Logic (from the Greek λογική, logikē) refers to both the study of modes of reasoning (which are valid, and which are fallacious) and the use of valid reasoning. In the latter sense, logic is used in most intellectual activities, including philosophy and science, but in the first sense, is primarily studied in the disciplines of philosophy, mathematics, semantics, and computer science. It examines general forms that arguments may take. In mathematics, it is the study of valid inferences within some formal language. Logic is also studied in argumentation theory.
Logic was studied in several ancient civilizations, including India, China, and Greece. In the west, logic was established as a formal discipline by Aristotle, who gave it a fundamental place in philosophy. The study of logic was part of the classical trivium, which also included grammar and rhetoric.
Logic is often divided into three parts, inductive reasoning, abductive reasoning, and deductive reasoning.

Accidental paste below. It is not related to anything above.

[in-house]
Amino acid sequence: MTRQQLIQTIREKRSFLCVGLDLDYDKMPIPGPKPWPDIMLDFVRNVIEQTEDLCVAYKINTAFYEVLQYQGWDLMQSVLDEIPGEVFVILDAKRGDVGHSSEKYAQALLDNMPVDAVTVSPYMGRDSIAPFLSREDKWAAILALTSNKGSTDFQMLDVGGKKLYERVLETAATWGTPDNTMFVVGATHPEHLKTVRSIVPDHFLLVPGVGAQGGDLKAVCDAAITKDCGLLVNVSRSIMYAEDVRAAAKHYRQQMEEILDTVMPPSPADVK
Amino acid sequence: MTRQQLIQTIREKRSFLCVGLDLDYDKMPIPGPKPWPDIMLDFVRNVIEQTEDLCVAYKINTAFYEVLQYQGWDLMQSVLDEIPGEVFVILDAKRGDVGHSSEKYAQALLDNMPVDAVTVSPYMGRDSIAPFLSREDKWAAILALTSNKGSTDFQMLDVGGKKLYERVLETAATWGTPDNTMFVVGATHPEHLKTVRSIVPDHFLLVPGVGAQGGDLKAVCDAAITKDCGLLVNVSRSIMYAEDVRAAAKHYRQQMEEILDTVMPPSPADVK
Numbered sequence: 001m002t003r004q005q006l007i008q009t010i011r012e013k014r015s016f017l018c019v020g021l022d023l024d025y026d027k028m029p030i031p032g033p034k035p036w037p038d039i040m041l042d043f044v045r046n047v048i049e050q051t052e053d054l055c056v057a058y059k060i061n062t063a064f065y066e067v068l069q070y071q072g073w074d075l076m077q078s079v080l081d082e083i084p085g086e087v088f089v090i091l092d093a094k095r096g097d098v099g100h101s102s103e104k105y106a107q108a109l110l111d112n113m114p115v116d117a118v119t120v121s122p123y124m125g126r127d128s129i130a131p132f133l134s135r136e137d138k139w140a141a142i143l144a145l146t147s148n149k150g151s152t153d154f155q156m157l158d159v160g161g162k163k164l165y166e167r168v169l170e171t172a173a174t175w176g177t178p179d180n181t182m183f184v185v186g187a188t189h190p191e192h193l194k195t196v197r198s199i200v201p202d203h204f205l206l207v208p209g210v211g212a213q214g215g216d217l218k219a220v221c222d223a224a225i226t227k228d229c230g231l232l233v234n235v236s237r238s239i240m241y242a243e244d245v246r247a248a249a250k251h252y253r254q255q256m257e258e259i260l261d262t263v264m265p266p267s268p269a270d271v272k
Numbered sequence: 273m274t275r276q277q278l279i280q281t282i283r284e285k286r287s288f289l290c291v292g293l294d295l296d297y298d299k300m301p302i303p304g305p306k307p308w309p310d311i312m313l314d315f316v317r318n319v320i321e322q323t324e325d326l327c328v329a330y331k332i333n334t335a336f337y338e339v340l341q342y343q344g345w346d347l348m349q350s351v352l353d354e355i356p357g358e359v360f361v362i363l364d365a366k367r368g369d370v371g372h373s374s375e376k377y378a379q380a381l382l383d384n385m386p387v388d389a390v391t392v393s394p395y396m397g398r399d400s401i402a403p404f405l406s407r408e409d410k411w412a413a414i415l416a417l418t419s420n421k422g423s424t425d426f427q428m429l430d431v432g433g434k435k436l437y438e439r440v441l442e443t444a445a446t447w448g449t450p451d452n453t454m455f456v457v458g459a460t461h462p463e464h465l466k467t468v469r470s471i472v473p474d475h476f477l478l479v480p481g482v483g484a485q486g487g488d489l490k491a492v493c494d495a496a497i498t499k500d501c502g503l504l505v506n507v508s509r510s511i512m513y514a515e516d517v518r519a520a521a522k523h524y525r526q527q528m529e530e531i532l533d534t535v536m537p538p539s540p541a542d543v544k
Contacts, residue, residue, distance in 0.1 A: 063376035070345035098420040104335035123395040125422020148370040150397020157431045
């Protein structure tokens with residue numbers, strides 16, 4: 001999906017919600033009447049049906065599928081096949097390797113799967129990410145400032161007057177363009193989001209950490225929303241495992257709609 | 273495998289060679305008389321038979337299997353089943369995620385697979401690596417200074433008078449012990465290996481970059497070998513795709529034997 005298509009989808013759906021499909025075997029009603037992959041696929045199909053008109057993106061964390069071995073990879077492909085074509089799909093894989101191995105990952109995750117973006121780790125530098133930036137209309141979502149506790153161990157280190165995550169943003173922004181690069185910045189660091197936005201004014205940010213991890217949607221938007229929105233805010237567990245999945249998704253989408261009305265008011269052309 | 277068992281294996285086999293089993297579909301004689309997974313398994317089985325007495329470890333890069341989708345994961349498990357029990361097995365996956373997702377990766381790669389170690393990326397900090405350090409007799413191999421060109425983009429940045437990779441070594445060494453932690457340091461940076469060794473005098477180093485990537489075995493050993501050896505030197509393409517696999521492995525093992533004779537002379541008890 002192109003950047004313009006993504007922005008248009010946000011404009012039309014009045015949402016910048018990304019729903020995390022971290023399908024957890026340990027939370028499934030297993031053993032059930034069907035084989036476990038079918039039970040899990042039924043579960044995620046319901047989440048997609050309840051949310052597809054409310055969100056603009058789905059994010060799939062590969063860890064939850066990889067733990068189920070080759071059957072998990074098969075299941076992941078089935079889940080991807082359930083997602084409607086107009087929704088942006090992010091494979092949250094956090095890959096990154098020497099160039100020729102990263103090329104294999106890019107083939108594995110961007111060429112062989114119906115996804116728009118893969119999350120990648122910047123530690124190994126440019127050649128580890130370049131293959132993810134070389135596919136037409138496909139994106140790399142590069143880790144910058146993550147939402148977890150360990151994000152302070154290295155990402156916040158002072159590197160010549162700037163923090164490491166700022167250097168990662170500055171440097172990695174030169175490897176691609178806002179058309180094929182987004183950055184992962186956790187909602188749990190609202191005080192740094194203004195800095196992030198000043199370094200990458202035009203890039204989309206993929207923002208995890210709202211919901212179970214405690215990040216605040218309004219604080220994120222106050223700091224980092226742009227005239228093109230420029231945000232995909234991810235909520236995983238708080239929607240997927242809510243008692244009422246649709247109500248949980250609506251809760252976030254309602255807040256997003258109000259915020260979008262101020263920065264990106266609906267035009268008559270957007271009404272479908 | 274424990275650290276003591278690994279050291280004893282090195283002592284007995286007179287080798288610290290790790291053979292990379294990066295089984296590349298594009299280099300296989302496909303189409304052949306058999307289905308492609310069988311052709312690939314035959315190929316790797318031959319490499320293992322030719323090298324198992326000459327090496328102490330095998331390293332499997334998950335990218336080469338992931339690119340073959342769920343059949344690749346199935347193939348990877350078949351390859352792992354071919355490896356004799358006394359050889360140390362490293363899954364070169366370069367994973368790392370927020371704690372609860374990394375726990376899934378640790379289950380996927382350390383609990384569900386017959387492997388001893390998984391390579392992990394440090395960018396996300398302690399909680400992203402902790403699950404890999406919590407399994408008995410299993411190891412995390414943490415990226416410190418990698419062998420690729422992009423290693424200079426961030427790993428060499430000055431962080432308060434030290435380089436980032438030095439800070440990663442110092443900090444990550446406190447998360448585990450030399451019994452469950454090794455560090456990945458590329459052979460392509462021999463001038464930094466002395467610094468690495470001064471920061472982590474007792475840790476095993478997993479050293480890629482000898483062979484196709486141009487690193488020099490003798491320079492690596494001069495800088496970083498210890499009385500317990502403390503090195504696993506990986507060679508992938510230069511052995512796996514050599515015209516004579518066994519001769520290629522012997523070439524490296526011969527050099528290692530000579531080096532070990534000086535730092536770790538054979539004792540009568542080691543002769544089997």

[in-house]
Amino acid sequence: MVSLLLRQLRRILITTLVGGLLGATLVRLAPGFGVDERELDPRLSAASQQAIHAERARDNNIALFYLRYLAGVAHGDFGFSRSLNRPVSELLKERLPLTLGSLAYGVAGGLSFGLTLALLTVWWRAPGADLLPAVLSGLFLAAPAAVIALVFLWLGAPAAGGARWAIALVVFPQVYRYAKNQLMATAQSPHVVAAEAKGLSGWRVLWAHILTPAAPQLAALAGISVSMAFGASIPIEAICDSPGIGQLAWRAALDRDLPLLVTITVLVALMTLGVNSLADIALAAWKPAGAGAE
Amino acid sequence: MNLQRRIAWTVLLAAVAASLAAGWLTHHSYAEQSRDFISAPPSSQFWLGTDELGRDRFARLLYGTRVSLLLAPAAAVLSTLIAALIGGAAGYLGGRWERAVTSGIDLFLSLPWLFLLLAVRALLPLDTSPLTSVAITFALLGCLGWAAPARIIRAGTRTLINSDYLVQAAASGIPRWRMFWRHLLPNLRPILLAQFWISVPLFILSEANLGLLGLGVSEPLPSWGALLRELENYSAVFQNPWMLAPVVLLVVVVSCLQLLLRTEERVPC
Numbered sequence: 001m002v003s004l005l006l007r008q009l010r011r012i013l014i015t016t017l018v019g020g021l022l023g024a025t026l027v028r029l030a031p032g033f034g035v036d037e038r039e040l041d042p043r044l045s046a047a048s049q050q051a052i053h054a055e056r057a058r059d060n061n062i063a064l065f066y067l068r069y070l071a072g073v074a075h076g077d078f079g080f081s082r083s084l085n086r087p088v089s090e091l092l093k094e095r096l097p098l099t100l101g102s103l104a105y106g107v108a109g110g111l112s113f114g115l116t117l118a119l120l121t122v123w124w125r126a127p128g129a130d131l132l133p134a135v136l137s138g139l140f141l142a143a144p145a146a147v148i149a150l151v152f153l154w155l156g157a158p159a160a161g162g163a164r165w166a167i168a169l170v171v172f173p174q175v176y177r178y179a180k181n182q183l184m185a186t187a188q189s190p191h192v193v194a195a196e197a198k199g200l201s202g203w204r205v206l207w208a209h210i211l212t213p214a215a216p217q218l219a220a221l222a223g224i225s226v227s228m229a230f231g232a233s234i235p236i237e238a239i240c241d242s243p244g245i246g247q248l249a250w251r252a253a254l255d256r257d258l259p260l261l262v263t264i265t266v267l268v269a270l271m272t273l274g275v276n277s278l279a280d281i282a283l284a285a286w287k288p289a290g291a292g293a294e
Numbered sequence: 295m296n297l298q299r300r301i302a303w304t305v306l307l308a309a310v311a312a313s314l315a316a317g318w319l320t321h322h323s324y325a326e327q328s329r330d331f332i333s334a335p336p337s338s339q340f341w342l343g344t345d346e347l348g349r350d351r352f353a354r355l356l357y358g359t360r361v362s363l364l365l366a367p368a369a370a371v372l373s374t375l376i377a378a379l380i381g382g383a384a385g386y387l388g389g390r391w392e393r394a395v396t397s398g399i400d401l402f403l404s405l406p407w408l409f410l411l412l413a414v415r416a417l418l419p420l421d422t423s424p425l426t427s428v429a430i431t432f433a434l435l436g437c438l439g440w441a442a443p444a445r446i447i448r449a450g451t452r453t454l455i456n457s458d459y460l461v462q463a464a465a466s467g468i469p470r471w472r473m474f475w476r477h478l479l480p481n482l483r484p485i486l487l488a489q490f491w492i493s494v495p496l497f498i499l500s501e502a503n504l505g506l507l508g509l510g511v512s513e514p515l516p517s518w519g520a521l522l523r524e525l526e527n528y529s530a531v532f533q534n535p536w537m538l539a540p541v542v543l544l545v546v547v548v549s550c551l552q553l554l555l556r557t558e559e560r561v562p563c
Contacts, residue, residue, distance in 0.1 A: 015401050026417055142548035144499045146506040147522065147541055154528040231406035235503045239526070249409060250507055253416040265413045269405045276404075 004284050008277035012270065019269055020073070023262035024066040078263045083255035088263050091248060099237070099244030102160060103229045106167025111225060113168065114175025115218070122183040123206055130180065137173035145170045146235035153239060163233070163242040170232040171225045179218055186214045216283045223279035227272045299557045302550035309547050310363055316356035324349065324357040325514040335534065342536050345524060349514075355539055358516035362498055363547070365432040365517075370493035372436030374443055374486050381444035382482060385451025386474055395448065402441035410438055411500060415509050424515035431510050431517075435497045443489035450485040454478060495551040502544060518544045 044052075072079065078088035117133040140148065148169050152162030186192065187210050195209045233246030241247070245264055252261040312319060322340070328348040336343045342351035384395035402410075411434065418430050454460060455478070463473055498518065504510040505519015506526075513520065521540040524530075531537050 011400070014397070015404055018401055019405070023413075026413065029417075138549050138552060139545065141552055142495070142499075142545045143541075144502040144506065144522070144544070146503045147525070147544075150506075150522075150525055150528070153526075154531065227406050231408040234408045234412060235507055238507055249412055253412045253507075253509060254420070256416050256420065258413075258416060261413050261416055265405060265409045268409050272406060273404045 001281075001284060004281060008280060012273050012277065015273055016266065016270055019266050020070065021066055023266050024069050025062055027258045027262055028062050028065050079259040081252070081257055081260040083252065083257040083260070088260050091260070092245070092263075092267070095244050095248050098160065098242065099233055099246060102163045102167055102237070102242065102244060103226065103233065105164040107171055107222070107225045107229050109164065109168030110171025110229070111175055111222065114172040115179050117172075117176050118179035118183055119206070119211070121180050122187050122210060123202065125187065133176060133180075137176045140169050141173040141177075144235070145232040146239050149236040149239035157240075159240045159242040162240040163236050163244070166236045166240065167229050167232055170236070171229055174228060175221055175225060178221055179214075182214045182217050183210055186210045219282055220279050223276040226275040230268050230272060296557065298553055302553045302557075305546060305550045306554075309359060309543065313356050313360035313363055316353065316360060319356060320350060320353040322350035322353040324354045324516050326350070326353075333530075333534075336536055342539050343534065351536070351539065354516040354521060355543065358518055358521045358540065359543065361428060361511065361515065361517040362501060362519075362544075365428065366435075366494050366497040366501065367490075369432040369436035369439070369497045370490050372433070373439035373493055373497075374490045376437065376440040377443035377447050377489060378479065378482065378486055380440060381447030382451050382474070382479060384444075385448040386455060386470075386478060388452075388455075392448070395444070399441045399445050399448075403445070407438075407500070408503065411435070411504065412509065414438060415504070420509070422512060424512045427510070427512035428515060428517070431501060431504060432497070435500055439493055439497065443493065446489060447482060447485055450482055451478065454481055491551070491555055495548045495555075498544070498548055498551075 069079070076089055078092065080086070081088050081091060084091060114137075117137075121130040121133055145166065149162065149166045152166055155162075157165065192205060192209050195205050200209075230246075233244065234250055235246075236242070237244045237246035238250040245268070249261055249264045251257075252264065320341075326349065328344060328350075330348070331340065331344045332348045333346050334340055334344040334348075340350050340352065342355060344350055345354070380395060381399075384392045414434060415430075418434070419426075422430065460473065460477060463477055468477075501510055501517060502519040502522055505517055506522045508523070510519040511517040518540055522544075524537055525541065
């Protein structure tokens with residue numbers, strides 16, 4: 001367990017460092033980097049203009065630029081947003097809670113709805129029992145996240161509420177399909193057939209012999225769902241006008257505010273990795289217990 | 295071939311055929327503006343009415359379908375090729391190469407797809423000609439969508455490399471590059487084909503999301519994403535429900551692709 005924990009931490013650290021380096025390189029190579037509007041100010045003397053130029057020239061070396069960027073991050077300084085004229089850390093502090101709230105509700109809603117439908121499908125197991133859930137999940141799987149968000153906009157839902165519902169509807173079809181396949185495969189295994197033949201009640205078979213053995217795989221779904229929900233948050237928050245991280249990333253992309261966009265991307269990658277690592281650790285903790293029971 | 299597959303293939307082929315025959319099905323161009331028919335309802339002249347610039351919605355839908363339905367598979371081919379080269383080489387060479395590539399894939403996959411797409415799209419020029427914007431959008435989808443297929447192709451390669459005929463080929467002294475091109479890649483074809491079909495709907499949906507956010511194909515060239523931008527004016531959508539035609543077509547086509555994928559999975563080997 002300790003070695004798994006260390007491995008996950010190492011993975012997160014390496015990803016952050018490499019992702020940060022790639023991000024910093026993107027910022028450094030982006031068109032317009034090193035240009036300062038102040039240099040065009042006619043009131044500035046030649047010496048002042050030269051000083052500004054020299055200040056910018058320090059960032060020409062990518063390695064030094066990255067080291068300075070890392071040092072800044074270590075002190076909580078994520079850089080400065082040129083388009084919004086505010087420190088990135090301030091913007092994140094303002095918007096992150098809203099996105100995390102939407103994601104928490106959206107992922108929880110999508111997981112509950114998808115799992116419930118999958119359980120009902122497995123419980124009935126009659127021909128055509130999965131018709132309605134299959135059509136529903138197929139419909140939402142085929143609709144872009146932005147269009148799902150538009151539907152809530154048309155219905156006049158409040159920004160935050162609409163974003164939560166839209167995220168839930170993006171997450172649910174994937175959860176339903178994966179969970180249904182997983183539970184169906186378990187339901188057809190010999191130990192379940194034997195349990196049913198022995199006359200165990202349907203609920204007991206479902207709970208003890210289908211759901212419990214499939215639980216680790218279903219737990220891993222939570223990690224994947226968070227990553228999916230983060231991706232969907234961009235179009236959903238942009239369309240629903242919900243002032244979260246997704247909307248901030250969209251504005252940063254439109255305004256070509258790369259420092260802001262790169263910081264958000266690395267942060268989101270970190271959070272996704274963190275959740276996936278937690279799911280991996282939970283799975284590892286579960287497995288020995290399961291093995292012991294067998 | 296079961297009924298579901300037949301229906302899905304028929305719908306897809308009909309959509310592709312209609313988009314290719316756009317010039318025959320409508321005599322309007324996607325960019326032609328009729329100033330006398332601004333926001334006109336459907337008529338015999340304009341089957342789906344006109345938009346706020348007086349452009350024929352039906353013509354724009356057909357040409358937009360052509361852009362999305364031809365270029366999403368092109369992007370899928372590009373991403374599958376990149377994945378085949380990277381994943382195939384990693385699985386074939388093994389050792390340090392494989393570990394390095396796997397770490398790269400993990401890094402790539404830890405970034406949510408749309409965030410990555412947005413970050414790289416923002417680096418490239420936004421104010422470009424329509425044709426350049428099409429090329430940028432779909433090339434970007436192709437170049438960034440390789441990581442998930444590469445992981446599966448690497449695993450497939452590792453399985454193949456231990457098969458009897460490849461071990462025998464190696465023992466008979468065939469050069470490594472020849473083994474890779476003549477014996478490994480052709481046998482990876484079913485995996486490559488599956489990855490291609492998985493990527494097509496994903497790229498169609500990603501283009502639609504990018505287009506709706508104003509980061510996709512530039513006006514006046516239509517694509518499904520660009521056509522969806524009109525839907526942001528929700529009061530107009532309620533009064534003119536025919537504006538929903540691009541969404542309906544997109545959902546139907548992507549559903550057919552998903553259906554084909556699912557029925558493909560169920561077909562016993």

Other articles related to "logicus":
... Friedrich Nietzsche provides a strong example of the rejection of the usual basis of logic his radical rejection of idealisation led him to reject truth as a "...mobile army of metaphors, metonyms, and anthropomorphisms—in short.. ... metaphors which are worn out and without sensuous power coins which have lost their pictures and now matter only as metal, no longer as coins." His rejection of truth did not lead him to reject the idea of either inference or logic completely, but rather suggested that "logic into existence in man's head of illogic, whose realm originally must have been immense ...
... Geographicus and his servant Phantastes Logicus and his servant Phegmaticus Grammaticus the schoolmaster and Choler his usher Medicus and his servant Sanguis Poeta ... with Poeta Grammaticus pursues Rhetorica, though she prefers Logicus ... The cold-hearted Logicus remains a bachelor and becomes Polites' assistant, and order is restored to the sciences once again ...